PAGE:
Targeting Cognitive and Affective Processes in Behavioral Development Research: Perspectives on the Basic to Clinical Journey in Psychological Science

Greg Siegle

Greg Siegle, Ph.D.

Arielle Baskin-Sommers, Ph.D.

Arielle Baskin-Sommers, Ph.D.

Greg Siegle, Ph.D.
Associate Professor of Psychiatry, Psychology, and Translational Sciences
University of Pittsburgh School of Medicine

Arielle Baskin-Sommers, Ph.D.
Licensed Clinical Psychologist
Assistant Professor, Yale University


Greg Siegle, Ph.D., will present on cognitive training to address obstacles to recovery. His talk will describe neural vulnerabilities that could help to explain the mediocre success rate of traditional behavioral treatments along with initial data suggesting that we can address these features using targeted cognitive training as pre-treatments. These data lead to an augmented conceptualization of precision medicine in which assessment can be used in traditional ways, to direct patients to different treatments or to suggest pre-treatments to turn likely nonresponders into likely responders to conventional treatments.

Arielle Baskin-Sommers, Ph.D., will present on an experimental therapeutics approach to target antisocial behaviors. Antisocial behavior, from substance abuse to crime, produces suffering for the perpetrator, for their family members, for their community, and for society at large. The underlying cognitive-affective mechanisms tell us why individuals continue to engage in these behaviors, despite the persistence of suffering. Utilizing the approach of knowledge integration from basic science on these cognitive-affective mechanisms to intervention research highlights the path for alleviating this suffering.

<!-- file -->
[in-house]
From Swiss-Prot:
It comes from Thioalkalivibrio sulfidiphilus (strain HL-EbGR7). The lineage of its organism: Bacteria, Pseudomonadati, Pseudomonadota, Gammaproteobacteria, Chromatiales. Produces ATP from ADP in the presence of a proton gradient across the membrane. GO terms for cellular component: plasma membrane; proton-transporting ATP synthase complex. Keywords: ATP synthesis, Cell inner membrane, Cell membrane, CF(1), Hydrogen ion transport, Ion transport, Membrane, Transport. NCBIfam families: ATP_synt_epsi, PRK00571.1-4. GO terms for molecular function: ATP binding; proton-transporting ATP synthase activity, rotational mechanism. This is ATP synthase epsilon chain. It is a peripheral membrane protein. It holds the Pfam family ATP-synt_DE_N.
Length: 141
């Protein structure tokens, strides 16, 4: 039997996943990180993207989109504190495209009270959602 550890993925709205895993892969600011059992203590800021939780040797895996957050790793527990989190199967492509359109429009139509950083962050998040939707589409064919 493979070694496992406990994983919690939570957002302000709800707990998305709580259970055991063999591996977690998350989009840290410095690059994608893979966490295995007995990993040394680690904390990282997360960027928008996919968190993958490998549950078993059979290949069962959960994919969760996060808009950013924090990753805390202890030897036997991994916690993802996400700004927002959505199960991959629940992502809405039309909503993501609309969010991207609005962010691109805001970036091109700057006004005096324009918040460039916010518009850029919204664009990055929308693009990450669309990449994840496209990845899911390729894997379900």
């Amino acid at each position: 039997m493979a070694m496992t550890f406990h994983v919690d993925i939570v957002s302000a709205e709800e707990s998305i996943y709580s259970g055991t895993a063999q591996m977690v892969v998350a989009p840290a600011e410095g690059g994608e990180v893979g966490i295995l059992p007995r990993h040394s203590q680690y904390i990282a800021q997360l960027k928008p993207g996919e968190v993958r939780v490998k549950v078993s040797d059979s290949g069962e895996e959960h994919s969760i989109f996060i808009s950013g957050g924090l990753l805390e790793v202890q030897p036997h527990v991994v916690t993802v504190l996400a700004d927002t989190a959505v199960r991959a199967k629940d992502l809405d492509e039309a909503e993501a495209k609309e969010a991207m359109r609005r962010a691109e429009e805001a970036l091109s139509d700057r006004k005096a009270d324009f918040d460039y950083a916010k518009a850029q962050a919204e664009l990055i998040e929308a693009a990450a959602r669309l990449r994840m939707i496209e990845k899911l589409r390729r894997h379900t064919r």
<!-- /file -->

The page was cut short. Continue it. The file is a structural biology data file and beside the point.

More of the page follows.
Greg Siegle, Ph.D., directs the Program in Cognitive Affective Neuroscience at the University of Pittsburgh School of Medicine, where he is an associate professor of psychiatry, psychology, and translational sciences. His research examines neural mechanisms of emotional and cognitive information processing in mood and anxiety disorders, how this information can be used to predict response to treatment and to guide novel treatment development. He works to translate cognitive and emotional neuroscience for use in the real world. Dr. Siegle has over 135 publications and has been continuously funded by the NIH and foundation awards for over 17 years.

Arielle Baskin-Sommers, Ph.D., is a licensed clinical psychologist and an assistant professor at Yale University. She received her Sc.B. from Brown University (2007) and a Ph.D. from the University of Wisconsin–Madison (2013), and she completed her pre-doctoral internship and fellowship at McLean Hospital/Harvard Medical School. Substantively, her research is concentrated on understanding individual differences in cognitive and affective processes as they relate to vulnerability for disinhibited (impulsive, antisocial) behavior. Methodologically, she is interested in integrating a wide range of techniques and technologies to explore this issue. Overall, her professional career goals are based on a desire to develop both innovative theory and research in service of increasing the efficacy of clinical intervention for antisocial behaviors.

June 19, 2018, 2:00pm – 3:00pm
Greg Siegle, Ph.D., and Arielle Baskin-Sommers, Ph.D.